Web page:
Rep. Don Young (R-Alaska) made waves recently with a suggestion that more Jewish people would have survived the Holocaust had they been armed with guns.

“How many Jews were put in the ovens because they were unarmed?” he asked during an appearance with an Alaska business alliance last week.

The comment was quickly denounced by a wide swath of groups.

It wasn't the first time Young had turned heads with a blunt remark, and it likely won’t be the last. The 84-year-old congressman — the longest-serving member currently in office — has had a penchant for such remarks.

In 2005, Young backed the famous “Bridge to Nowhere” — a proposal to build an expensive bridge with government funds to a sparsely populated area, then told critics that “They can kiss my ear,” after the funds were directed elsewhere.

In 2007, Young threatened to bite a fellow House Republican “like the mink,” after the congressman had opposed one of his earmarks.

In 2010, Young described the BP oil spill in the Gulf of Mexico as “not an environmental disaster” but “a natural phenomena.” The spill, considered by many one of the worst environmental catastrophes in U.S. history, poured more than 3 million barrels of crude oil in the gulf for some 87 days after an explosion on the Deepwater Horizon rig started a fire. Eleven crew members were killed.

According to The Washington Post's Rachel Weiner, in the 1990s:

During a congressional hearing, while arguing with then-U.S. Fish and Wildlife Service Director Mollie Beattie, Young brandished an 18-inch-long walrus penis bone and pounded it into his hand for emphasis.

Speaking to a group of high school students, Young lamented that federal funds went to “photographs of people doing offensive things.” He went on to use crude language to describe sexual acts portrayed in artist Robert Mapplethorpe’s photographs. “I don’t apologize. You’re all adults, and if you have to ask the questions, I’m going to answer,” he told offended students at the end of the class. But a few days later, Young did apologize to the school for his “unacceptable” language.

In 2011, Young got in a yelling match with Rice University professor Douglas Brinkley during a congressional hearing over the Arctic National Wildlife Refuge. After Young referred to the historian’s testimony — Brinkley was pushing for the Barack Obama administration to make the refuge a national monument, while Young was in favor of drilling — as “garbage” and erroneously called him “Dr. Rice,” Brinkley sharply cut in to correct him, in a breach of congressional decorum.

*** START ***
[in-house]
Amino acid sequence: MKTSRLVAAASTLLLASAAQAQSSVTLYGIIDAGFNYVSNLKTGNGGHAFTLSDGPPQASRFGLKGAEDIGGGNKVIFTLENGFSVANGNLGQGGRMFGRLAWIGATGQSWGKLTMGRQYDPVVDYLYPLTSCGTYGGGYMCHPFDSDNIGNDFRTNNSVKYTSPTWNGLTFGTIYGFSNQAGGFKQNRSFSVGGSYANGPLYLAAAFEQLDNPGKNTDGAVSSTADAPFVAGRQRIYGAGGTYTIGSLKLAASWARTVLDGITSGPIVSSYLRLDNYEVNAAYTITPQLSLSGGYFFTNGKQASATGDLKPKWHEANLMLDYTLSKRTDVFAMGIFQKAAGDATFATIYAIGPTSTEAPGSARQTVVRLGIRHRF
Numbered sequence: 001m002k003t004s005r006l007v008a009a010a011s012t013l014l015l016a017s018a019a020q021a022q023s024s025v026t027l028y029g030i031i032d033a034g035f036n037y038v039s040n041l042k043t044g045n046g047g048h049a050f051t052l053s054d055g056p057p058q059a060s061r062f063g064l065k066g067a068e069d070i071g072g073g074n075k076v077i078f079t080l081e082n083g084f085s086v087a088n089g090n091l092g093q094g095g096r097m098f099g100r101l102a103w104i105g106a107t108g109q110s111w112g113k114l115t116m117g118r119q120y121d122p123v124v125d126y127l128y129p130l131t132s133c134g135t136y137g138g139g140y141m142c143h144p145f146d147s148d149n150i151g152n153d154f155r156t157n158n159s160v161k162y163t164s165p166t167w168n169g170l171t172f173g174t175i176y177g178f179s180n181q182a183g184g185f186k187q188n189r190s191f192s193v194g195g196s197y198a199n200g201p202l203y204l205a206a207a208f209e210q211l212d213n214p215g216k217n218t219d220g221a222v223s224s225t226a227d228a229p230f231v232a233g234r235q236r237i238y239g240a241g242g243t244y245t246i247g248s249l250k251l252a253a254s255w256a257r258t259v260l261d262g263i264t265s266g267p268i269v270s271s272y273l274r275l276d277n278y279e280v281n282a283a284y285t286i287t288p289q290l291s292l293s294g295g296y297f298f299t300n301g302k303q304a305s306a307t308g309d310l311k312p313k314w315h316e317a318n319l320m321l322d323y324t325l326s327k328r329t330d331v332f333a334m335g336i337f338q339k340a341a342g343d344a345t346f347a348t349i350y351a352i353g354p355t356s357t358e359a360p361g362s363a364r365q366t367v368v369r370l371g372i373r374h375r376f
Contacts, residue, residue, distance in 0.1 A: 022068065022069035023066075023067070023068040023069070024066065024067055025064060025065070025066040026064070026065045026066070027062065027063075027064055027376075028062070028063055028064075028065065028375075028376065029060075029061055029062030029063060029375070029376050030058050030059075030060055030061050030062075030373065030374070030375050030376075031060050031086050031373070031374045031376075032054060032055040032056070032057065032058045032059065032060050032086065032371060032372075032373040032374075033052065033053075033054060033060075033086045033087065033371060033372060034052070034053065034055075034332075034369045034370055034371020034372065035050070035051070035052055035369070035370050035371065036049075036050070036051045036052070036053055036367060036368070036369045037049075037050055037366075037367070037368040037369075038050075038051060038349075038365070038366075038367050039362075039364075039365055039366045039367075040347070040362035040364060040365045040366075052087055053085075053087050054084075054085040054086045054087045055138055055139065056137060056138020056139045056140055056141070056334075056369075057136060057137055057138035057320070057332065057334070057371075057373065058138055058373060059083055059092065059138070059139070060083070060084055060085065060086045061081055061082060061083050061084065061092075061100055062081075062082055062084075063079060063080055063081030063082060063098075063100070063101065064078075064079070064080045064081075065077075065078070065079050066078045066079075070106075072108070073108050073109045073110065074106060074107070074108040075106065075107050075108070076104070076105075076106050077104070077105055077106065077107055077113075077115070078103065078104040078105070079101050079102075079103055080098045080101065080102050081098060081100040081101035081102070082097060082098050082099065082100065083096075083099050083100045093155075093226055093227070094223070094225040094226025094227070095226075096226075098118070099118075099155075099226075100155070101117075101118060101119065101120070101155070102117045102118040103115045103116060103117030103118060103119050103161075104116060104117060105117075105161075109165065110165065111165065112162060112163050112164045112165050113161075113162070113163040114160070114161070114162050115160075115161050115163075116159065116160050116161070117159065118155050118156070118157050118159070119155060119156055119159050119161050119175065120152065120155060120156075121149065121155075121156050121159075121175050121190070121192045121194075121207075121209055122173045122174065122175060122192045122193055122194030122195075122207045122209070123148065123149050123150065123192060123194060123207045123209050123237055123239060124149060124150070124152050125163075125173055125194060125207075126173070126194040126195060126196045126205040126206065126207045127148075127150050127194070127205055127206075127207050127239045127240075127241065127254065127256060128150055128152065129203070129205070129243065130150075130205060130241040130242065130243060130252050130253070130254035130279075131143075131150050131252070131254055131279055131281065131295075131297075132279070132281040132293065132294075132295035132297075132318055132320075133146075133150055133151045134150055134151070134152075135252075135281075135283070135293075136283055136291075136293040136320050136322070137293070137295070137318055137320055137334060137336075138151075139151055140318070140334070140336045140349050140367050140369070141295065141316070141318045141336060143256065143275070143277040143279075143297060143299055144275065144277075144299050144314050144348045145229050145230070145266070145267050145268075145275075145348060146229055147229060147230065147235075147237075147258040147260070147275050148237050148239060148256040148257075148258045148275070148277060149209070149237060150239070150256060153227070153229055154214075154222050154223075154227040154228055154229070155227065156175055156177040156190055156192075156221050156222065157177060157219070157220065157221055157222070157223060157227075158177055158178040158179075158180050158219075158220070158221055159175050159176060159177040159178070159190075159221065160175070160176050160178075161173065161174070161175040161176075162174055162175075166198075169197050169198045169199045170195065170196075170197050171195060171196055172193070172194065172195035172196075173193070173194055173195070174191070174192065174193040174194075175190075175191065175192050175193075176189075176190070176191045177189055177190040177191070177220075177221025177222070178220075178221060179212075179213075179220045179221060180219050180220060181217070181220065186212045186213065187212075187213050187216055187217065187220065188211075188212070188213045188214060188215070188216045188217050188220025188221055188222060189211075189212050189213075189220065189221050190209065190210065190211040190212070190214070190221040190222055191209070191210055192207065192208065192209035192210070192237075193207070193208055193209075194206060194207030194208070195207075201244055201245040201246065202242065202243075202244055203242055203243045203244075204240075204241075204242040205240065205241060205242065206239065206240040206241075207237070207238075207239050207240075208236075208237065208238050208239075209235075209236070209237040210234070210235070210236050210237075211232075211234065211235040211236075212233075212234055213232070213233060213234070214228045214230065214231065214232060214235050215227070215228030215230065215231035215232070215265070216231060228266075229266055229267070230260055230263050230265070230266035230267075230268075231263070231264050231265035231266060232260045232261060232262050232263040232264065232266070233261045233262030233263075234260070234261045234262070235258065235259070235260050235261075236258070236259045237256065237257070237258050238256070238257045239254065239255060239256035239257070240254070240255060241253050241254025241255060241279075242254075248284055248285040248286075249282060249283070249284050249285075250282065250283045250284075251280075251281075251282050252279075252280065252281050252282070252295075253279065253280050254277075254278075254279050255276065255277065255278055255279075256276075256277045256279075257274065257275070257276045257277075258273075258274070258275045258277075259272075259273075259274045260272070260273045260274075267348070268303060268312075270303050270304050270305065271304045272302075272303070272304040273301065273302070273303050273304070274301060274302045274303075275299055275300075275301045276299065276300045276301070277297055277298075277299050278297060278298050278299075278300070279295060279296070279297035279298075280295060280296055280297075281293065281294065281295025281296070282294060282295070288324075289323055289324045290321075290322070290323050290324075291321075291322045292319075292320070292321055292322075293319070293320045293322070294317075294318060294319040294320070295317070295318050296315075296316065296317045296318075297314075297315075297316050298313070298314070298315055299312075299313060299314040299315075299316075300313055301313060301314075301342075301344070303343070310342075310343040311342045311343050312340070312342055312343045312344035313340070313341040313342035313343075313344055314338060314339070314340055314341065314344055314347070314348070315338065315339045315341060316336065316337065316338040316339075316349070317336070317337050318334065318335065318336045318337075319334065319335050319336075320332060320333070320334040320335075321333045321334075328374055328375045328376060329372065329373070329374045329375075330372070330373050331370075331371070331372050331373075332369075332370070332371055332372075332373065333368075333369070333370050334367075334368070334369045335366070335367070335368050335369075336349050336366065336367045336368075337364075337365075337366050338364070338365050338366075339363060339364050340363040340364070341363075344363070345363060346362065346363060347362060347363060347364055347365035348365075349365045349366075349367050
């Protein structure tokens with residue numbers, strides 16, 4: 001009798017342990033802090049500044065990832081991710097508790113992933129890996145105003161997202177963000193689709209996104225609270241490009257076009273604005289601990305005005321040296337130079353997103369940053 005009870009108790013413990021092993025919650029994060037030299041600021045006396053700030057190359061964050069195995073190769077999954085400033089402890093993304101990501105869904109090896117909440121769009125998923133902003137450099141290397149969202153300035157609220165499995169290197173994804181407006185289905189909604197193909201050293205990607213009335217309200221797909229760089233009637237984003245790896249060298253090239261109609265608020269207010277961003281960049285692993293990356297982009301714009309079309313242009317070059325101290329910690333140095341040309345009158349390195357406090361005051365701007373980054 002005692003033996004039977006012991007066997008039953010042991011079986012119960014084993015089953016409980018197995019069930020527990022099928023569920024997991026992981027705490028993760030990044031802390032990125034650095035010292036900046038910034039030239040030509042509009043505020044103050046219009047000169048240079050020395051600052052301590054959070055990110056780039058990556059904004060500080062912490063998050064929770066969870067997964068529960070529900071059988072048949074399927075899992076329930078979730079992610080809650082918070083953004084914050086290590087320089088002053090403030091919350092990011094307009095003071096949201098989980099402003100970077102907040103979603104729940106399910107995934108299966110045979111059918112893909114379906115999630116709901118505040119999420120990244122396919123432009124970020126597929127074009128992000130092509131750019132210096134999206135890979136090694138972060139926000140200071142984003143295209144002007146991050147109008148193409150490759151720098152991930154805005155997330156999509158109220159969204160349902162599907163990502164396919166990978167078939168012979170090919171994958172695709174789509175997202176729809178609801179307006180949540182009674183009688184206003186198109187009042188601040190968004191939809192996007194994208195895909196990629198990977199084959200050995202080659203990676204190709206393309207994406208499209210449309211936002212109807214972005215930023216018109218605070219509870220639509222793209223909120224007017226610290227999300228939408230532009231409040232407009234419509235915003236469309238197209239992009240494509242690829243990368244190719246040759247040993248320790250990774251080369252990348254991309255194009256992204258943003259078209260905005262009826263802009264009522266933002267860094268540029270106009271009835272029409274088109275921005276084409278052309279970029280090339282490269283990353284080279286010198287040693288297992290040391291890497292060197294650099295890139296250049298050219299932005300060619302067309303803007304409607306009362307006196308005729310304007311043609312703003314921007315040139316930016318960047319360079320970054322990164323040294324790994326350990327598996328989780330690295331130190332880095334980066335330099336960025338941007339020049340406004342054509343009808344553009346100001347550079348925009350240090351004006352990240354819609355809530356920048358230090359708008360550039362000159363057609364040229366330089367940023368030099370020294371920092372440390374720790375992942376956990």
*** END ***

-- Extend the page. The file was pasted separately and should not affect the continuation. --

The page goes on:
“You just be quiet,” Young said.

“You don’t own me,” Brinkley shot back. “I pay your salary.”

In 2013, Young used a racial slur when discussing the ranch hands that used to work with his father. “My father had a ranch,” Young said during a radio interview. “We used to hire 50 to 60 wetbacks to pick tomatoes. You know it takes two people to pick the same tomatoes now. It’s all done by machine.” Young later apologized.

That same day, he also suggested that domestic violence could be avoided if people drank alone more frequently. He said, “I’m going to suggest for those that may be drinking together — stop it! If you want to drink by yourself, you may do it. But when you drink together, the possibility of harm becomes greater every day.”

In 2014, Young told a group of high school students who were mourning the suicide of a classmate that suicides could be blamed on a “lack of support” from family and friends. When one of the deceased student’s friends brought up depression and mental illness after telling Young that his friend had support, the congressman said, “Well, what, do you just go to the doctor and get diagnosed with suicide?” He also swore at the room, told a story about flying to Paris to get drunk, and made a crack about bulls having sex when talking about same-sex marriage.

During an interview with The Post in 2014, he told a story about Rep. Renee L. Ellmers (R-N.C.) sitting in his chair. Though Congress members typically don’t have reserved chairs, Young has sat in the same one for at least 15 years.

“Renee, I can’t think of her last name, nice looking blonde congresswoman, sat in my chair,” Young said. “I said, ‘I’m not kidding, it is my chair.’ And she got up.”

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